Caroline Kennedy visits offshore wind turbine

Last May, US Ambassador to Japan Caroline Kennedy and her son Jack visited the offshore wind turbine in Fukushima.

Credit:

Toru Yamanaka/Reuters

Offshore wind turbine in Fukushima, Japan

Eventually, the combined output from the three offshore turbines is expected to reach 14 megawatts.

Credit:

Toru Yamanaka/Reuters

Four years after the worst nuclear accident since Chernobyl, Japan has revealed the world’s largest and most powerful offshore turbine.

The floating turbine is a mere 12 miles from the site of the destroyed Fukushima Daiichi nuclear plant, which melted down in 2011 after a deadly tsunami flooded the plant’s cooling pumps.

Since the disaster, Japan has been skittish when it comes to nuclear energy. This new  turbine will generate up to seven megawatts of electricity, aided by strong winds that may have otherwise been blocked by the country’s mountainous terrain.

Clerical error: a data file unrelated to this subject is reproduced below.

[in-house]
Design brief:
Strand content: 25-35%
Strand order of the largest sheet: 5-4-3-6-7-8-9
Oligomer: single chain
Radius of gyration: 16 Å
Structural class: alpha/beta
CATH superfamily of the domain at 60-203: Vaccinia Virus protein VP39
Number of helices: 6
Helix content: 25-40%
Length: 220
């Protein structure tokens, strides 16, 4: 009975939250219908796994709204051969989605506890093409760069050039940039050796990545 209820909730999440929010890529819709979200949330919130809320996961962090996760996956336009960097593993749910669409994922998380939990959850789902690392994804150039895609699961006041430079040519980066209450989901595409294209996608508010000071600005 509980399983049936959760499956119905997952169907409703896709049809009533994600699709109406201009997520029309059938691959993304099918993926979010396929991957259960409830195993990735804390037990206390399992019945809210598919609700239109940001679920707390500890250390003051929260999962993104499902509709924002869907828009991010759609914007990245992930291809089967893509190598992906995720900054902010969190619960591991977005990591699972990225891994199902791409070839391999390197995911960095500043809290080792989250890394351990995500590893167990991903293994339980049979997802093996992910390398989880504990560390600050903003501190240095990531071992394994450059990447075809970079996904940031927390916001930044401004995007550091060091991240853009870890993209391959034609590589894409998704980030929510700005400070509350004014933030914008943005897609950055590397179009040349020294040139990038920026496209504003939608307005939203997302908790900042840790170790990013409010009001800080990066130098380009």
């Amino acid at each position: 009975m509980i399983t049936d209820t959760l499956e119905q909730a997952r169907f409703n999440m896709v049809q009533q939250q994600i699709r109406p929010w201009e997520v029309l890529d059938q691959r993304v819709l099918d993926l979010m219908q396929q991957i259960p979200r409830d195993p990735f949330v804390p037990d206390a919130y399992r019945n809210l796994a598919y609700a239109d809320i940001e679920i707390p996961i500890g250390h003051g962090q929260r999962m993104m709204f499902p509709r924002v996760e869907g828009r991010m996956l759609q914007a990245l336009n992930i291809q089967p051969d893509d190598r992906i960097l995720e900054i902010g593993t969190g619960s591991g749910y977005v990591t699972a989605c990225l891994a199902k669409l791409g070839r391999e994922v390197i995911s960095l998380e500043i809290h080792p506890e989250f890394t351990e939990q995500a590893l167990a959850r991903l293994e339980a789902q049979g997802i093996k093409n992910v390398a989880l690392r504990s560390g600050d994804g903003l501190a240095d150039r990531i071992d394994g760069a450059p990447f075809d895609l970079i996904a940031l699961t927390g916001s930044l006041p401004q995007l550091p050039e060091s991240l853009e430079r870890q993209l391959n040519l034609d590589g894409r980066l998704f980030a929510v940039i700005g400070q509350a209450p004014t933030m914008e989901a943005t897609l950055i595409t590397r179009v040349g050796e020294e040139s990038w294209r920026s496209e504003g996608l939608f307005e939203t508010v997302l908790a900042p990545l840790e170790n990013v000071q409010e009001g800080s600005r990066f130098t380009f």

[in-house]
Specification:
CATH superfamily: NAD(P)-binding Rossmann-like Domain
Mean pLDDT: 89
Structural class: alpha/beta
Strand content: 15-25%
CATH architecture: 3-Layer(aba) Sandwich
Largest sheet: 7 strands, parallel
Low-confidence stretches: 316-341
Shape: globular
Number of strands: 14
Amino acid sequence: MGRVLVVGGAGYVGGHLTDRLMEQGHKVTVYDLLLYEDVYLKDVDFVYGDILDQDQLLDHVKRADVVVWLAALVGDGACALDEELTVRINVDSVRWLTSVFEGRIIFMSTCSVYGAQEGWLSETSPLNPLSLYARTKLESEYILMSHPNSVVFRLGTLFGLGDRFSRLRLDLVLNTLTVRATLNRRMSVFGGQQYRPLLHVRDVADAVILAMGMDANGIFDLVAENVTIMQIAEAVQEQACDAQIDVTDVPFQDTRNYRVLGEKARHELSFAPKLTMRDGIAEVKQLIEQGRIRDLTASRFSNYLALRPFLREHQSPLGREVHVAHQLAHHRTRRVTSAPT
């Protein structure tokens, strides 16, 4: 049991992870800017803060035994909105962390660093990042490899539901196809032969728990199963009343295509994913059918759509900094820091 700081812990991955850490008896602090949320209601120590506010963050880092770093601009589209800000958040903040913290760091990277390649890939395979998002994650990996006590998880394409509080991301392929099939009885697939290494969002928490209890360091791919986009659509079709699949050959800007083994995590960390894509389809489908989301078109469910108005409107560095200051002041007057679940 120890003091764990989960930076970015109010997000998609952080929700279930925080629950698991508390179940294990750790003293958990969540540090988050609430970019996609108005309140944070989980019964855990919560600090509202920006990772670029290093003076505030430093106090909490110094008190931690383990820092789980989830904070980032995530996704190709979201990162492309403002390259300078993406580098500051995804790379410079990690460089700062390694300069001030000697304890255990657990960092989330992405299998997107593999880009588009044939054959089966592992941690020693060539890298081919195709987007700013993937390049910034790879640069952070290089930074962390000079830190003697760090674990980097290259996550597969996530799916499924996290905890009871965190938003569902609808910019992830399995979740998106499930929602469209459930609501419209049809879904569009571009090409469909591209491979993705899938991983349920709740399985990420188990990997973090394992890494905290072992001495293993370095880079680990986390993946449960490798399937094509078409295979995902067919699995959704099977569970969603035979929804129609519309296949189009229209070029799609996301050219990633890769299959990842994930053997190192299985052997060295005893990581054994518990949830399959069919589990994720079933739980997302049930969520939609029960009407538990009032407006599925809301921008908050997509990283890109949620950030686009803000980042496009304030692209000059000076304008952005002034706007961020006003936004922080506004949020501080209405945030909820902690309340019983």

The $401 million government-sponsored project will eventually consist of three turbines. This first turbine, unveiled Monday, already joins a smaller, 2-megawatt model, and the last turbine should generate five megawatts.

Unfortunately, the 14-megawatt combined output from these turbines is dwarfed by the 4,696 megawatts of electricity the Fukushima Daiichi plant used to produce before it was destroyed.

 

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